On people-to-people and cultural exchanges, Xi said the two countries should strengthen their ties, enhance youth exchanges and promote mutual understanding and amity between the two peoples.

Since then the China-Japan relationship has endured the test of the COVID-19 pandemic, in which the importance of their intertwined economic ties and mutual cultural resonance became even clearer.

During the early days of the pandemic, many Chinese were moved by the saying that "even though the landscapes are diverse, we share the wind and moon under the same sky". It was written about 1,300 years ago by a Japanese prince and was quoted by a Japanese organization when it sent masks and infrared thermometers to China.

When Japan was later hit hard by the pandemic, the central and local governments of China, as well as Chinese companies and civil society groups, donated more than 9 million masks, 98,000 items of other protective gear and 175,000 medical gloves to Japan in just two months.

Japan's Ministry of Finance said that from January to September 2020, in the shadow of the pandemic, Japan's direct investment in China accounted for 26.9 percent of its total foreign direct investment in Asia, compared with 21.8 percent in 2019.

In the first 10 months of 2020, the value of Japan's exports to the world fell 11.8 percent. The value of its exports to the United States fell 19.1 percent, to the European Union by 16.5 percent and to member nations of the Association of Southeast Asian Nations by 15.3 percent. In the same year, Japan's exports to China plunged between January and April, but rose from May to October, compared with the corresponding period of 2019. Consequently, in the first 10 months of 2020, Japan's exports to China cumulatively rose 3.3 percent, compared with the corresponding period in 2019.

Three years into the pandemic, the value of trade between China and Japan remains robust, with its total value rising 15.1 percent last year.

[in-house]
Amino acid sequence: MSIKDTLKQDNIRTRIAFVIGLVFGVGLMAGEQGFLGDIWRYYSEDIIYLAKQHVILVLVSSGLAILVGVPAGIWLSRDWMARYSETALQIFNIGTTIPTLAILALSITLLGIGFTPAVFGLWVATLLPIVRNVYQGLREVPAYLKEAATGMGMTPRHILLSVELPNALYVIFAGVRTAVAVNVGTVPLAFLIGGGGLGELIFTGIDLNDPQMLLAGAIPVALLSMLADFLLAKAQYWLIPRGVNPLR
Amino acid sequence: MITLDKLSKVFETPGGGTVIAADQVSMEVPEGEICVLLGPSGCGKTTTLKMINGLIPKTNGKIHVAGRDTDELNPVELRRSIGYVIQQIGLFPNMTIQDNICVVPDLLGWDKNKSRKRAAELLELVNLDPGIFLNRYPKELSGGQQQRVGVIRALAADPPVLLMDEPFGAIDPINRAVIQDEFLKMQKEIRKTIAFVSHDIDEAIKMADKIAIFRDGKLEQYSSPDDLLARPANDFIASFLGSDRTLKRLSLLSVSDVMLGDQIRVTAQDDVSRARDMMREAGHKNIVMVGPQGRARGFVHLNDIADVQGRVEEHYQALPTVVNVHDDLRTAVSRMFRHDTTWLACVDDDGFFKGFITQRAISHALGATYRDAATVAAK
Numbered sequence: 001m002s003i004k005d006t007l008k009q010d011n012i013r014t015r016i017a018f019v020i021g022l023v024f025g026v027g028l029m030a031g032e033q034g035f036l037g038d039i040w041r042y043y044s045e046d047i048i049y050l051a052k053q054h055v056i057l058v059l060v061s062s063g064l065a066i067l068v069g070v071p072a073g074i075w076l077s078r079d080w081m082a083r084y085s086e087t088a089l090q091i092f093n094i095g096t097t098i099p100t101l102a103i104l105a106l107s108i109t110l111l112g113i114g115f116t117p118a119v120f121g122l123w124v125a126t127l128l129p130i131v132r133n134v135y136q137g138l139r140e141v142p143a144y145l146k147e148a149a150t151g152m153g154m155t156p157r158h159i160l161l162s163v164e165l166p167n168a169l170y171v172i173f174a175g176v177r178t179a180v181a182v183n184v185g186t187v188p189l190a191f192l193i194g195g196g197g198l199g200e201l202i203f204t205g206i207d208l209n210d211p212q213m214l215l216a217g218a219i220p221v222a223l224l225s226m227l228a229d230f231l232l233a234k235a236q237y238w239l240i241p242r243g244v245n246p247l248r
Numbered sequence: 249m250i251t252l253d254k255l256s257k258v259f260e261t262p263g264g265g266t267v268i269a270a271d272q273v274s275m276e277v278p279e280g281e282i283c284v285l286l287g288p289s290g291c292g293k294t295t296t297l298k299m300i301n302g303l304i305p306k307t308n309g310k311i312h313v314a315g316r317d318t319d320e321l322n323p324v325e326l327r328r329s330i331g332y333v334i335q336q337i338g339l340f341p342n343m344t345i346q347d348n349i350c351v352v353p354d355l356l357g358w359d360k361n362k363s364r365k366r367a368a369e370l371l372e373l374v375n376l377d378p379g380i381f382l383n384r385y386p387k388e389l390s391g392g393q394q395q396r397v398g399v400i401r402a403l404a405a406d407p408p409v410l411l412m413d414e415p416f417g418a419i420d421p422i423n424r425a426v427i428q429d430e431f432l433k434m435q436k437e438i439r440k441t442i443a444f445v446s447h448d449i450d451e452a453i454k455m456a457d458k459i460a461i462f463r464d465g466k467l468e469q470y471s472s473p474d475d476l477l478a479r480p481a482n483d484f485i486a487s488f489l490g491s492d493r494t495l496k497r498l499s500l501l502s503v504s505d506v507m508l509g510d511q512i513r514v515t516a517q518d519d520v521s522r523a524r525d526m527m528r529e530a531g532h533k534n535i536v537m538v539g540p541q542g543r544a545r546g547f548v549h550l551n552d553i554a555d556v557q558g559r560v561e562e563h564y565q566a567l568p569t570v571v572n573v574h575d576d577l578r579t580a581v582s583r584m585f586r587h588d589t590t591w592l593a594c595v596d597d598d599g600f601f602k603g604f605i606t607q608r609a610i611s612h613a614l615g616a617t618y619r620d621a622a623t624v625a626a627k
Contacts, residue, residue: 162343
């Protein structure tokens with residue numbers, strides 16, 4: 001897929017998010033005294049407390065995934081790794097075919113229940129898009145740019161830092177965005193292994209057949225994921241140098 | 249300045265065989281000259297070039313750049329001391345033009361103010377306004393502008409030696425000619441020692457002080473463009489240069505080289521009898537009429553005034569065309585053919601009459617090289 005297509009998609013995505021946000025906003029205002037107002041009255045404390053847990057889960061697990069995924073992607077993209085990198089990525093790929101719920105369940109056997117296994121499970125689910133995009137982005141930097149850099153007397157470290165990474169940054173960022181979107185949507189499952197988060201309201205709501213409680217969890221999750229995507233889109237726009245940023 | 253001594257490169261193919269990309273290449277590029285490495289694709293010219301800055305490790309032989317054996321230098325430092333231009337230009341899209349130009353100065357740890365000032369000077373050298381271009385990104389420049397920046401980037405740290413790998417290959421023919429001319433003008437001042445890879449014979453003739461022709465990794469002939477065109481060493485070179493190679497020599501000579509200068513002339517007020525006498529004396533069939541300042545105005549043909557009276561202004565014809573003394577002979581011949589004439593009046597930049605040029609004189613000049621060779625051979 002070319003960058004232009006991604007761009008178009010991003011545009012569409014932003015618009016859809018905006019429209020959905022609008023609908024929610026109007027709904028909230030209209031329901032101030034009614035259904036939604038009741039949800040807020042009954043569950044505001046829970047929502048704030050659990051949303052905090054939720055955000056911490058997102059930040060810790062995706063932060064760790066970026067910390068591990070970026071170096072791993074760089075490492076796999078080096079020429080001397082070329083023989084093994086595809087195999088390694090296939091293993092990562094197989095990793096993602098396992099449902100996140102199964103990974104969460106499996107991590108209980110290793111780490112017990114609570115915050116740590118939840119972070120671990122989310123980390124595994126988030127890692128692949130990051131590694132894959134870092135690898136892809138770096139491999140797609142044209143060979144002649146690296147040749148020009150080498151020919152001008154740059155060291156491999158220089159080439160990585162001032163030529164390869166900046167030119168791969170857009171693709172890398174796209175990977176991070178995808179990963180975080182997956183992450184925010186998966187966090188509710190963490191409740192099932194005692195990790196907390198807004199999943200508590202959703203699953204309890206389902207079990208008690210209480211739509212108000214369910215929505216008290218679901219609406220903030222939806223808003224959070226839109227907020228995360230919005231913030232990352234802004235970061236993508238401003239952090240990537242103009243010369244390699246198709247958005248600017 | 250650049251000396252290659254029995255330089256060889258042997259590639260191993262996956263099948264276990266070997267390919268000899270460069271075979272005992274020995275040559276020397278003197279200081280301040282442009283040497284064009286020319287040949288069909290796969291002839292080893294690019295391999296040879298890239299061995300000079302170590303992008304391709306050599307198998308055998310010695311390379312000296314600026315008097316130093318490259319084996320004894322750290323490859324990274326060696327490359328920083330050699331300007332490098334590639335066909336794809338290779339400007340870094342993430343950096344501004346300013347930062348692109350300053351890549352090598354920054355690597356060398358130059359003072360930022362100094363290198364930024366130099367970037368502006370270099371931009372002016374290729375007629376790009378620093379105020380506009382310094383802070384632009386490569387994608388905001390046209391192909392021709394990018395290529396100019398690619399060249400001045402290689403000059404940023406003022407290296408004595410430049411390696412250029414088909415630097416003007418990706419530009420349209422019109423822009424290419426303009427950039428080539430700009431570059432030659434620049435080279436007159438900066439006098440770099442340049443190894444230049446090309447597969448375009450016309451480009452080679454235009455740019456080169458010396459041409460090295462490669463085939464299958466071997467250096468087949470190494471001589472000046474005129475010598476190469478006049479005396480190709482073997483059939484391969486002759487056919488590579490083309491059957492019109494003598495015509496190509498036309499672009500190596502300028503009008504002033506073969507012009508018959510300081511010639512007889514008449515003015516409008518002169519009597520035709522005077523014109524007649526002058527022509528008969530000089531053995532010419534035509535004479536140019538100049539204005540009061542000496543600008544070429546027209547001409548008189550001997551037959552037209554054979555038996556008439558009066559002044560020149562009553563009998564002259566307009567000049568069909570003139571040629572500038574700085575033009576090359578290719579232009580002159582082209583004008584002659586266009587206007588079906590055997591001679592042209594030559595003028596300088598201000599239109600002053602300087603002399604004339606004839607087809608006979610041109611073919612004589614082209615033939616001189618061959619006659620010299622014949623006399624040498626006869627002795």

The world's largest free trade zone, the Regional Comprehensive Economic Partnership, which took effect in January and comprises 15 countries including China, Japan and South Korea, has also helped promote economic interdependence between China and Japan.

"Many people say they could not have imagined what China would achieve over the years, but I foresaw it 30 years ago," said Yoshio Tanaka, who also accompanied Xi during his trip to Japan in 1991, and who is a consultant with the Japan-China Friendship Association in Kanagawa prefecture.

Tanaka said that in his dealings with Xi over 30 years, he has found that the Chinese leader is dedicated not only to the well-being of ordinary people but also to people's future, particularly that of young people.

"I think that's why China can win the battles to eradicate extreme poverty and build a moderately prosperous society in all respects under his strong leadership," Tanaka said.

"I can see that from the characteristics of (Communist Party of China) leaders like Xi. He is a real leader, a solid and tough man and a man of his word."

In the 2019 trip, Xi also changed the life of Daichi Nakashima, a prize winner in the Panda Cup Japan Youth Essay Contest, who had written to Xi before the president visited Japan.

In his letter, Nakashima extended his good wishes to Xi and said he was keen to devote himself to the cause of China-Japan friendship.

In reply, Xi said he was glad to see Nakashima had been studying Chinese language and literature for a long time and encouraged young people in China and Japan to make contributions to relations between the two countries. Friendship between the two countries is rooted in people, and the future of the friendship lies in the hands of the young, he said.

"When I wrote the letter, I had not expected to receive a reply," Nakashima said. "So when I did I was delighted and honored."

Nakashima said he was greatly encouraged by Xi, adding that he regarded it as his mission to make positive contributions to improving bilateral ties.